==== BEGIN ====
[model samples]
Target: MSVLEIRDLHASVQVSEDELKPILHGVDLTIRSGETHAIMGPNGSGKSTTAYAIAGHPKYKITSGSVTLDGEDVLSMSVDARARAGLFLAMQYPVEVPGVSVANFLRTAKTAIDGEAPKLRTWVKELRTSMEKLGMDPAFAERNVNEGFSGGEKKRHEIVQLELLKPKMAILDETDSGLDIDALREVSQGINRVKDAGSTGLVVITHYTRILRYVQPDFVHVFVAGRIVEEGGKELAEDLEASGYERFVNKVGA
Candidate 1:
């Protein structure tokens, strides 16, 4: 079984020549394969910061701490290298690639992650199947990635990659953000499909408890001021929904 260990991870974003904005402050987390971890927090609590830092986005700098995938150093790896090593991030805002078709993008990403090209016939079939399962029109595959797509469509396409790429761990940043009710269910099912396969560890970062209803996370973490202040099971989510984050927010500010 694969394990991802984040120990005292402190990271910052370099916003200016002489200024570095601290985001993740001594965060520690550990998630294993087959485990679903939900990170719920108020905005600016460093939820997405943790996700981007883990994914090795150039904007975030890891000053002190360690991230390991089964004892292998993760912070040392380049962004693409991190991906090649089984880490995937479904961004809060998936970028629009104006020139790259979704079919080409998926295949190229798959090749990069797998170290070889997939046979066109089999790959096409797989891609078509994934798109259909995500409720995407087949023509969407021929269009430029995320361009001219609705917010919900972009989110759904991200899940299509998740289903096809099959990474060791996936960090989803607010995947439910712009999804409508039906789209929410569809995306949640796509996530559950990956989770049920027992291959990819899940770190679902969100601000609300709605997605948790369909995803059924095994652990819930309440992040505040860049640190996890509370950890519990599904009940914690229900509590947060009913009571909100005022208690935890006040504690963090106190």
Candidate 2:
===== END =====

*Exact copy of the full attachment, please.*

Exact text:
[model samples]
Target: MSVLEIRDLHASVQVSEDELKPILHGVDLTIRSGETHAIMGPNGSGKSTTAYAIAGHPKYKITSGSVTLDGEDVLSMSVDARARAGLFLAMQYPVEVPGVSVANFLRTAKTAIDGEAPKLRTWVKELRTSMEKLGMDPAFAERNVNEGFSGGEKKRHEIVQLELLKPKMAILDETDSGLDIDALREVSQGINRVKDAGSTGLVVITHYTRILRYVQPDFVHVFVAGRIVEEGGKELAEDLEASGYERFVNKVGA
Candidate 1:
């Protein structure tokens, strides 16, 4: 079984020549394969910061701490290298690639992650199947990635990659953000499909408890001021929904 260990991870974003904005402050987390971890927090609590830092986005700098995938150093790896090593991030805002078709993008990403090209016939079939399962029109595959797509469509396409790429761990940043009710269910099912396969560890970062209803996370973490202040099971989510984050927010500010 694969394990991802984040120990005292402190990271910052370099916003200016002489200024570095601290985001993740001594965060520690550990998630294993087959485990679903939900990170719920108020905005600016460093939820997405943790996700981007883990994914090795150039904007975030890891000053002190360690991230390991089964004892292998993760912070040392380049962004693409991190991906090649089984880490995937479904961004809060998936970028629009104006020139790259979704079919080409998926295949190229798959090749990069797998170290070889997939046979066109089999790959096409797989891609078509994934798109259909995500409720995407087949023509969407021929269009430029995320361009001219609705917010919900972009989110759904991200899940299509998740289903096809099959990474060791996936960090989803607010995947439910712009999804409508039906789209929410569809995306949640796509996530559950990956989770049920027992291959990819899940770190679902969100601000609300709605997605948790369909995803059924095994652990819930309440992040505040860049640190996890509370950890519990599904009940914690229900509590947060009913009571909100005022208690935890006040504690963090106190």
Candidate 2: